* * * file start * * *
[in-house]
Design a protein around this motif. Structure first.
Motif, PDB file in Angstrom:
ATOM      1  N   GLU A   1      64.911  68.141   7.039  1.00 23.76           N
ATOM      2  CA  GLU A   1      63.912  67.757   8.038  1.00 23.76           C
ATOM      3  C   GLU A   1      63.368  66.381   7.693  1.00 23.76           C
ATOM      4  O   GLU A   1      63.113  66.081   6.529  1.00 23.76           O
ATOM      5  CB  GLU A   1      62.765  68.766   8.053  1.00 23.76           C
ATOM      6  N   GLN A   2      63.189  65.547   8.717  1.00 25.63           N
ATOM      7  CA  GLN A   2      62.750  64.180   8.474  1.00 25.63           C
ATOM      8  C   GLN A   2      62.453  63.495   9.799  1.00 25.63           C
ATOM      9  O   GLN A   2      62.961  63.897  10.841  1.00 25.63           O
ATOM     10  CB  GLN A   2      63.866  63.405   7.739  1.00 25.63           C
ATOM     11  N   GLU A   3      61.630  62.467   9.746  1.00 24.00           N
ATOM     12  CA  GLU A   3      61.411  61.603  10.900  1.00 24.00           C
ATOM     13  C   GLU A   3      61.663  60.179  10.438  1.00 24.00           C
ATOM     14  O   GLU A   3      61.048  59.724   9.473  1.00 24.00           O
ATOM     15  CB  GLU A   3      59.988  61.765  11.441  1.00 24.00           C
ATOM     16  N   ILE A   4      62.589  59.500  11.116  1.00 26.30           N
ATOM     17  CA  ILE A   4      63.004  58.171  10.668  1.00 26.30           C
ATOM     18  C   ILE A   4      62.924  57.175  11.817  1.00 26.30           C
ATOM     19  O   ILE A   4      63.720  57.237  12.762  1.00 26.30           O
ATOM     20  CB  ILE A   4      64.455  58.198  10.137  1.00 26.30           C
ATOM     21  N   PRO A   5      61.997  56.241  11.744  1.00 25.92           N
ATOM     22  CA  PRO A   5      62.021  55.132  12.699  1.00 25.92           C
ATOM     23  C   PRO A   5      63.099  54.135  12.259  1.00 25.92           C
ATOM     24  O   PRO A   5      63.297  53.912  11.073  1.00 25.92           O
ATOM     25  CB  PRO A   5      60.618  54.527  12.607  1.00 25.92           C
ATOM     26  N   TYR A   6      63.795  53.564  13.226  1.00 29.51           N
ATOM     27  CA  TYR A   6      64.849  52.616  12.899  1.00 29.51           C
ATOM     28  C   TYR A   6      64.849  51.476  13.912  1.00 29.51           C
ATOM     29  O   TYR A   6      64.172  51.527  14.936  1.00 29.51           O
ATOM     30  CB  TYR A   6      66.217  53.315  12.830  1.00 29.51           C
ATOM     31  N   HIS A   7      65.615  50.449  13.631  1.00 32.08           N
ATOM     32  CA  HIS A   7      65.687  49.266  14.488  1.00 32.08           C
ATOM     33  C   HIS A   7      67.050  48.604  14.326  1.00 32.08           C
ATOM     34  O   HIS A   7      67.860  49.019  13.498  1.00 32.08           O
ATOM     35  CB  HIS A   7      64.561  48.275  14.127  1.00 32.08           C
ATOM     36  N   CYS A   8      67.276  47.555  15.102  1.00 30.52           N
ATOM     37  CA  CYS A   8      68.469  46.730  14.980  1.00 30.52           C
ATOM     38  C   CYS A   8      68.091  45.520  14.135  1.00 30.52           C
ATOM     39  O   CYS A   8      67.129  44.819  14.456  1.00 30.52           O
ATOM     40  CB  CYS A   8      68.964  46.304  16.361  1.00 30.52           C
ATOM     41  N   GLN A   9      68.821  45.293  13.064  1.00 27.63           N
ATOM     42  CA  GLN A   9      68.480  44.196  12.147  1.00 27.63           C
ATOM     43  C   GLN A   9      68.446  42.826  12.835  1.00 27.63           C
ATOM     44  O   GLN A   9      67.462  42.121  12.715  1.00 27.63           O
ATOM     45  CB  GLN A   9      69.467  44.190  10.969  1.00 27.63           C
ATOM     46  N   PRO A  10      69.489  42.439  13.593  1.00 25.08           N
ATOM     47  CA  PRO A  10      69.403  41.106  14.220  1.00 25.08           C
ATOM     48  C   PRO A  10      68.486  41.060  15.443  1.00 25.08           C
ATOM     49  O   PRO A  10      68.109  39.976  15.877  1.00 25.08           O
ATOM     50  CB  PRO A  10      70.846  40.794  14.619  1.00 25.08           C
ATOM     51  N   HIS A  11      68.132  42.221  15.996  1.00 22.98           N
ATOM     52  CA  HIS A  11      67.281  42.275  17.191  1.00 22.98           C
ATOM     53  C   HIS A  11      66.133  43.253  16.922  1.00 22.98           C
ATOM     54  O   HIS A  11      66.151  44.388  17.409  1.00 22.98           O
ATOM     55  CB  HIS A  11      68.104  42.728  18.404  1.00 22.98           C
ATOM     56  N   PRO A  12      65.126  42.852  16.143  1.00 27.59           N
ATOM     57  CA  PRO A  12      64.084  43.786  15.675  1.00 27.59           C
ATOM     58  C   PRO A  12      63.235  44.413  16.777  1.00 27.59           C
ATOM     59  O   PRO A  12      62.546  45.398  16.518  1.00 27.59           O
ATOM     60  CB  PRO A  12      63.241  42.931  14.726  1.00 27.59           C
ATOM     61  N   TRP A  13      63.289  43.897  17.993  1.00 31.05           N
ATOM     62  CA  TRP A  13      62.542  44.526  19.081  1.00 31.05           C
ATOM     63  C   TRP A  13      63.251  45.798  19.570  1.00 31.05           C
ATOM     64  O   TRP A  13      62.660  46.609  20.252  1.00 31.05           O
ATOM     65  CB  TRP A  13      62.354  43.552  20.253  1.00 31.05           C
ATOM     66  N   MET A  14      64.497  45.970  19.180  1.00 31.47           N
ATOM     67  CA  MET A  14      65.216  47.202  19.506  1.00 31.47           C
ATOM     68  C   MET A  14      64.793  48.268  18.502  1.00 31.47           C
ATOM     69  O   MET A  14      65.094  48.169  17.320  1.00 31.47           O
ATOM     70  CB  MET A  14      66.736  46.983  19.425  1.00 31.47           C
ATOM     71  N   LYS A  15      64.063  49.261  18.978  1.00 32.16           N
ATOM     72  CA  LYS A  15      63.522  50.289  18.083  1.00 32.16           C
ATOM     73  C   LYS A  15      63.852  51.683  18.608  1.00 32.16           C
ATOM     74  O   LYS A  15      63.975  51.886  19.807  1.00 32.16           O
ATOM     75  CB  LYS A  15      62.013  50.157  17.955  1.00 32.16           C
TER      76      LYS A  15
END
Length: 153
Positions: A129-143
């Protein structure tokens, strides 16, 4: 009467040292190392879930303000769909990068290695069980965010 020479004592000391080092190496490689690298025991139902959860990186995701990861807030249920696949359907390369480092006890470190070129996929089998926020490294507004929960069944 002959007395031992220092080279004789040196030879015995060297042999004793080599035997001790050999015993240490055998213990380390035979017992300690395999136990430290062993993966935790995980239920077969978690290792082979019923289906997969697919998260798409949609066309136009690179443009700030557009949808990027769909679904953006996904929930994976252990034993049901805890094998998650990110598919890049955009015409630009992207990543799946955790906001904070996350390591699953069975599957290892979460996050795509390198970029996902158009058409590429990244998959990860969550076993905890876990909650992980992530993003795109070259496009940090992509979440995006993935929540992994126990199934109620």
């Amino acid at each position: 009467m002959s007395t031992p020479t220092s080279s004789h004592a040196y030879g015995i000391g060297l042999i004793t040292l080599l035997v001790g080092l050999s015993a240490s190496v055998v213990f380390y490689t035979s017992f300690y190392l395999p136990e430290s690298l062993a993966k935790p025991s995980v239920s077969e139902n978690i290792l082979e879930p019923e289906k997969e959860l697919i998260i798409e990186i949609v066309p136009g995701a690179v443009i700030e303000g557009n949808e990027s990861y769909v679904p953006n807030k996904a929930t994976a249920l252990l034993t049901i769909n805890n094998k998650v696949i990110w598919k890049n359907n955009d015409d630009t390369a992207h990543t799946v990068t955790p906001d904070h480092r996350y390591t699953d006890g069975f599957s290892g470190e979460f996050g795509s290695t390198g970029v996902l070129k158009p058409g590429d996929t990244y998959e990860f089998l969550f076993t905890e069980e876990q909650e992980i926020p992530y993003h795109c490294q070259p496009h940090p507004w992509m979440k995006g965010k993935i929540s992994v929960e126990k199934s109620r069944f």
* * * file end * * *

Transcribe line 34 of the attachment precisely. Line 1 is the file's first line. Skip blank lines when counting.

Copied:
ATOM     31  N   HIS A   7      65.615  50.449  13.631  1.00 32.08           N